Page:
The Florida Keys have always had a special place in our hearts here at Gallery Drinkware and we've have spent a lot of time there. From its beautiful beaches, fascinating historical sights, charming shopping areas, art galleries, rich Cuban-influenced culture and architecture, and most importantly, the people who live and love there, the Keys and its inhabitants are completely irreplaceable. When Hurricane Matthew threatened the Keys in 2016, we braced ourselves and were so thankful that the Keys and surrounding areas were mostly spared. But now that Irma churns and plows through the Caribbean, leaving devastating destruction and death in its wake, we feel those same fears, multiplied, that we did when Matthew threatened Florida last year.
As of the latest update, about 5.6 million people have been ordered to evacuate their Florida homes in one of the biggest evacuations in the country's history (this is more than a quarter of Florida's population). Since Irma is the first Category 5 hurricane to reach Cuba since 1924, Florida knows that this could be beyond catastrophic. Evacuating doesn't necessarily mean leaving the state, as more than 260 shelters are in operation state-wide, with at least 70 more set to open, but it's the residents' responsibilities to get themselves there. "Once the storm starts, we cannot save you," the Florida governor said. Chilling words.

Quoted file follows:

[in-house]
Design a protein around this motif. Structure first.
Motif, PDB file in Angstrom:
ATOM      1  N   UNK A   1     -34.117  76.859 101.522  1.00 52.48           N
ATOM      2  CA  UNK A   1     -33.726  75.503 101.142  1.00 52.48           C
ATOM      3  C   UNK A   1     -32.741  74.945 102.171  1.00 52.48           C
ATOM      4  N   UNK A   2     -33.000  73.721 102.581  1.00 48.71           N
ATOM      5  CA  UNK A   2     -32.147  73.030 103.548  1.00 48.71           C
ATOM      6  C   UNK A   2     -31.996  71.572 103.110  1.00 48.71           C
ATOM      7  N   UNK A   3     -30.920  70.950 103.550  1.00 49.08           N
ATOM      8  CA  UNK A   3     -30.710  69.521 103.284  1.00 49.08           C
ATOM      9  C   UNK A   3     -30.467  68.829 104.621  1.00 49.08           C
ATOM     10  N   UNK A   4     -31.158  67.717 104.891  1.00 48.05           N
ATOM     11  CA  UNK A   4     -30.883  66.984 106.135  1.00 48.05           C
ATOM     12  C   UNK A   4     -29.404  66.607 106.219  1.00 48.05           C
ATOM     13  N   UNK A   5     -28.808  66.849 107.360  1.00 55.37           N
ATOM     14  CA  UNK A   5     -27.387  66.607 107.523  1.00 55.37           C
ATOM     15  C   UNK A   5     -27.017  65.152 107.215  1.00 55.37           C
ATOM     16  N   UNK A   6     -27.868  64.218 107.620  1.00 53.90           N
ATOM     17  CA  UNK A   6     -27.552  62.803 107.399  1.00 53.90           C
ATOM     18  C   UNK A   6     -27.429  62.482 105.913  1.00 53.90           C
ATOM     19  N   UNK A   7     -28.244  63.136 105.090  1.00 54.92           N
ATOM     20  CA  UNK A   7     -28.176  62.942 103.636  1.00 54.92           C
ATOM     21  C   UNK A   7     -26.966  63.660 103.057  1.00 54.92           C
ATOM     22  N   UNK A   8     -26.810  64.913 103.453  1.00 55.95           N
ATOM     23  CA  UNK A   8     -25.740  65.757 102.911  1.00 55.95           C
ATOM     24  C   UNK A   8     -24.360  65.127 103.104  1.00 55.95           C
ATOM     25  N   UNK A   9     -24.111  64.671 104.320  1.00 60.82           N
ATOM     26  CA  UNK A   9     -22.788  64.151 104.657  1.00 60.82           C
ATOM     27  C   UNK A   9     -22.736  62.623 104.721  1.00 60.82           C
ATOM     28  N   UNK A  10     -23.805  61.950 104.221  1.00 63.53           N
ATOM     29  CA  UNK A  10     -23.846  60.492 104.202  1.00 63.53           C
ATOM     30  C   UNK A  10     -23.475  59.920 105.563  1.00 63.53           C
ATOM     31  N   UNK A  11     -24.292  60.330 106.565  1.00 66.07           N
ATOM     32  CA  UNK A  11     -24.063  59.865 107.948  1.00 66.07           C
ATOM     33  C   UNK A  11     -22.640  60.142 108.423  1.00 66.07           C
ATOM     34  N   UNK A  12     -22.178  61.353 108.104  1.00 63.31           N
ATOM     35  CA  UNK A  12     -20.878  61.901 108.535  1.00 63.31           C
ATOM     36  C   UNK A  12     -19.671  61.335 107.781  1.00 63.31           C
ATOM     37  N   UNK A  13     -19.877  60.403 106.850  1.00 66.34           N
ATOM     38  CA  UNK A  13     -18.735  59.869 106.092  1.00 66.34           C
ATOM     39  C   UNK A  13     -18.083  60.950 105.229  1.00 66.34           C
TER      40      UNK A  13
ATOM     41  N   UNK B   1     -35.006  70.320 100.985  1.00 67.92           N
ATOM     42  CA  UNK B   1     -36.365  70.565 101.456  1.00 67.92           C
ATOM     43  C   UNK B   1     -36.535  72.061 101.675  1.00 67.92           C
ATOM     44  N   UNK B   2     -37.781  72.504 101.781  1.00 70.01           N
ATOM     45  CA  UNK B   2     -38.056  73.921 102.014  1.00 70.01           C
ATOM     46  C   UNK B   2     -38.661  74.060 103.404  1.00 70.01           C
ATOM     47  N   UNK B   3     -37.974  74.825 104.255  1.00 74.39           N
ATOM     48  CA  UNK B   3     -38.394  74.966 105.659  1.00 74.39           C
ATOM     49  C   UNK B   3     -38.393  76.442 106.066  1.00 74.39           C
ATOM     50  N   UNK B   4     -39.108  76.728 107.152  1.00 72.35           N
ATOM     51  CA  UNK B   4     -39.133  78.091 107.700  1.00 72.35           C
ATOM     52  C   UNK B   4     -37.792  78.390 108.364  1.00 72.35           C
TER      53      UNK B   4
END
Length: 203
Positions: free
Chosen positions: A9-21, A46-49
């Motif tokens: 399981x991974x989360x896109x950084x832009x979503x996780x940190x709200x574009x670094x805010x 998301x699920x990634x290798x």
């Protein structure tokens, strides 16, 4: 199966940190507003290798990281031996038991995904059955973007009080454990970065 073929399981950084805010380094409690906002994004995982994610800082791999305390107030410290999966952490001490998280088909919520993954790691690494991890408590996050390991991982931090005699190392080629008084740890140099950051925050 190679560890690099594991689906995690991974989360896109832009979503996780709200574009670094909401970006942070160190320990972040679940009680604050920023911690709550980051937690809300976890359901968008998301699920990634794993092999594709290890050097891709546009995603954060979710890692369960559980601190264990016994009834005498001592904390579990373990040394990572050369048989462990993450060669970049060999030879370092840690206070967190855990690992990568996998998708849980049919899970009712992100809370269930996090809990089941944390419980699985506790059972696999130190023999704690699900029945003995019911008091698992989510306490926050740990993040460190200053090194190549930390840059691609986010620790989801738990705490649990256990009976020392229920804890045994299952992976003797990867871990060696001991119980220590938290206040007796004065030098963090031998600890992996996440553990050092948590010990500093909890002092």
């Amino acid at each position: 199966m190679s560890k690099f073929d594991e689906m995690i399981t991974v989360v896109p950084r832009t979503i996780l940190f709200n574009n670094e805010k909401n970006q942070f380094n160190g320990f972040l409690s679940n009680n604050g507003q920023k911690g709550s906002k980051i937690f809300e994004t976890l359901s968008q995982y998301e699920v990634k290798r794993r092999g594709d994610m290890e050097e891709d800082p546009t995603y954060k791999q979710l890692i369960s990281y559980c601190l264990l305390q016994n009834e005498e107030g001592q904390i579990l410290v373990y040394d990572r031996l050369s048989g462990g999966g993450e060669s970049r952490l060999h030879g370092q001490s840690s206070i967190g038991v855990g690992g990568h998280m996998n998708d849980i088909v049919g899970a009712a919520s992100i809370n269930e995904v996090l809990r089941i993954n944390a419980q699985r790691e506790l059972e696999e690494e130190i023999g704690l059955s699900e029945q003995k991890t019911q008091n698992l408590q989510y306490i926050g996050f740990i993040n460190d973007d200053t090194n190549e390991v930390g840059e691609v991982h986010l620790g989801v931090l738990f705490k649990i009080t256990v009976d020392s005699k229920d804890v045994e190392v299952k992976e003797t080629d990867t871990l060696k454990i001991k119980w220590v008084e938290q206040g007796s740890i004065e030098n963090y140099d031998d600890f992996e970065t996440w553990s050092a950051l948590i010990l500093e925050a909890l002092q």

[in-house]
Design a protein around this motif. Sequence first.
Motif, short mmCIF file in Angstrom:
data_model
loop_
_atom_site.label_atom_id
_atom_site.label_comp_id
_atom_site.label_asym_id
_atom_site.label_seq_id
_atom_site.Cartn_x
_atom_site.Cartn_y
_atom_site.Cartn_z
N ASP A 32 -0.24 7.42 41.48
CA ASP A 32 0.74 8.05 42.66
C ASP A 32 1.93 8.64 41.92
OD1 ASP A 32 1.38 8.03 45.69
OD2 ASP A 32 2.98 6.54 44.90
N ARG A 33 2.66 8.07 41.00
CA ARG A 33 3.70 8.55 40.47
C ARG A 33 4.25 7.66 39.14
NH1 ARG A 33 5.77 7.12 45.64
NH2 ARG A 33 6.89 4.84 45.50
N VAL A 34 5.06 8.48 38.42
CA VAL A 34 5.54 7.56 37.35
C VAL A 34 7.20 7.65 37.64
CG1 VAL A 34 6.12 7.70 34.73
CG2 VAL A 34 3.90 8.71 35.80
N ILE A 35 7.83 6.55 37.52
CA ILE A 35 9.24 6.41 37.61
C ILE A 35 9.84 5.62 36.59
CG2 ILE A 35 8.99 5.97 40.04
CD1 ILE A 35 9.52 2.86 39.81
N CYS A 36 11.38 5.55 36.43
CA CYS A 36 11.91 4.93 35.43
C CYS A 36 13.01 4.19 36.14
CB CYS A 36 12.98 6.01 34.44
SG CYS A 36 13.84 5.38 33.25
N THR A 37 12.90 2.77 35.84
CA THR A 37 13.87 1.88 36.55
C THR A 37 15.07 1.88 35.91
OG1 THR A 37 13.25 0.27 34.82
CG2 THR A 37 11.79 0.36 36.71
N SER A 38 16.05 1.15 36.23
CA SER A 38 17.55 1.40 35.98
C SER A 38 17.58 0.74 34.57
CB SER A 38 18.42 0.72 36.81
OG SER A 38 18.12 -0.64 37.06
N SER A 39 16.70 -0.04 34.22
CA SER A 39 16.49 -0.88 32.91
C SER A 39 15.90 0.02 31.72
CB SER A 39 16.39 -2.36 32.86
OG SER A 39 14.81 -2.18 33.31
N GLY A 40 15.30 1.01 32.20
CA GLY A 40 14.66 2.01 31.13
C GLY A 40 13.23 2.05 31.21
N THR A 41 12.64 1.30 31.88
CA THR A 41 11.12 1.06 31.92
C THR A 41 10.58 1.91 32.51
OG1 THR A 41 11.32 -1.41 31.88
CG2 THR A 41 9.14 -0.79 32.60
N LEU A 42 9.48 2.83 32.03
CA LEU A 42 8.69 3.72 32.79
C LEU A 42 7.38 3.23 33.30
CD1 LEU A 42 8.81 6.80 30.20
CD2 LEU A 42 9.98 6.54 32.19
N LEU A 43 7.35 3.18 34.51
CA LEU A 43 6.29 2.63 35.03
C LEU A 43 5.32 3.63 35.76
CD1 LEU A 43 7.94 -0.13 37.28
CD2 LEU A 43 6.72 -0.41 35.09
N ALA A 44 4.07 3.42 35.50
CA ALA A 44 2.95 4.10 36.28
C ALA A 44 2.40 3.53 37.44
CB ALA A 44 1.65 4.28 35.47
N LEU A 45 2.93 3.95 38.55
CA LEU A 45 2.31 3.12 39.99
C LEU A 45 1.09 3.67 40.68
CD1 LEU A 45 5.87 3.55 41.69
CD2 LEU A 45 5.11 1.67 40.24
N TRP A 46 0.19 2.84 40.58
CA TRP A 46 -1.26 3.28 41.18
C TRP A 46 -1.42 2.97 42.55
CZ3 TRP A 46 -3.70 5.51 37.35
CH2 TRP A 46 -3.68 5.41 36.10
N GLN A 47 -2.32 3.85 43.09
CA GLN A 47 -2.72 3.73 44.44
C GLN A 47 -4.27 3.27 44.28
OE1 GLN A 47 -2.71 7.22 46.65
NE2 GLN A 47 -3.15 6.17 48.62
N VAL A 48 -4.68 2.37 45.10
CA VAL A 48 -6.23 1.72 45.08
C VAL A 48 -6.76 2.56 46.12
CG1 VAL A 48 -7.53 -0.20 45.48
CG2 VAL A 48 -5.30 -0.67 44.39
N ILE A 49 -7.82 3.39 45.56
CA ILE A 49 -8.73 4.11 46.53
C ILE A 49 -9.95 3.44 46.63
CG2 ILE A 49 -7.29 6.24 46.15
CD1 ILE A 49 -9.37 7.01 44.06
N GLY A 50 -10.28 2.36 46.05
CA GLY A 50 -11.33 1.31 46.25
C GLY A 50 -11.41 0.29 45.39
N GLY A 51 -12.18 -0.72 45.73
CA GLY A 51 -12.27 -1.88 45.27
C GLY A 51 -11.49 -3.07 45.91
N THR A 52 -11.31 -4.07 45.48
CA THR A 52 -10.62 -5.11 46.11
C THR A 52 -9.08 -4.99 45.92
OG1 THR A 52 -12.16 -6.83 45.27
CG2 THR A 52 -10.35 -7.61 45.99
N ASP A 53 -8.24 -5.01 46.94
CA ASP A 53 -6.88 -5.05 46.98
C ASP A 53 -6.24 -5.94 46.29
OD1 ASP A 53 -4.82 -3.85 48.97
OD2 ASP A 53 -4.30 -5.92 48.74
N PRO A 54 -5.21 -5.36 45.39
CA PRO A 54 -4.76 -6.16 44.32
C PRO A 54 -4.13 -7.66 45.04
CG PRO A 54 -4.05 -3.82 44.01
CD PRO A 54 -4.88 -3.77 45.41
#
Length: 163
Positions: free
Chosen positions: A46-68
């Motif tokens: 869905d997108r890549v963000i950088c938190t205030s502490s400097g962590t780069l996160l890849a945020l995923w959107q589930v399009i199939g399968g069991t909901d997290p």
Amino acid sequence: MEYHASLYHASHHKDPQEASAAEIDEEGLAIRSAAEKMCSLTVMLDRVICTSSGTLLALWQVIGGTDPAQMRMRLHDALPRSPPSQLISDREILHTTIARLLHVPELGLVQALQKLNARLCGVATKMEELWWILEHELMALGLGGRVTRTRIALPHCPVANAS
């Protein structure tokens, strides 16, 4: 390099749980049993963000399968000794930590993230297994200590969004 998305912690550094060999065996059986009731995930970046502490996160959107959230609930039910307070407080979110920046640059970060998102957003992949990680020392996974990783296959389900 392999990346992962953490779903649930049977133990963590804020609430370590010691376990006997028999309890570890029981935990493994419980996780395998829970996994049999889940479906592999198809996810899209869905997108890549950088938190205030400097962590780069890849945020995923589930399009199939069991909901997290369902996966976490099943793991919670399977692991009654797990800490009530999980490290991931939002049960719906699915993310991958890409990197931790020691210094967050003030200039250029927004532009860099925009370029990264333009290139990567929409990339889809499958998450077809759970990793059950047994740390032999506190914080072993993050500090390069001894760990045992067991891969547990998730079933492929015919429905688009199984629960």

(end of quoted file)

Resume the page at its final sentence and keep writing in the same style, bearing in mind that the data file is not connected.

The low-lying Keys are in particular danger from the storm and the Friday forecast predicted that Marathon, home of the county's operations center, was in the path of direct hit. By Saturday morning, which is when I'm writing this blog post, the storm's outer bands have been hitting the Keys with winds up to 130 miles per hour. The eye of the storm is predicted to hit southwest Florida and Tampa on Sunday. 25,000 Floridians have already lost power. The governor says the storm could result in standing water up to 12 feet. "This will cover your house. You will not survive this storm surge."
We will keep Florida and all of the affected areas in the Caribbean in our thoughts and prayers. As we wait in fear for the latest news about this storm, we feel incredibly powerless. Many, many people are going to need an immense amount of assistance after the storm passes and we hope that we can help in some way.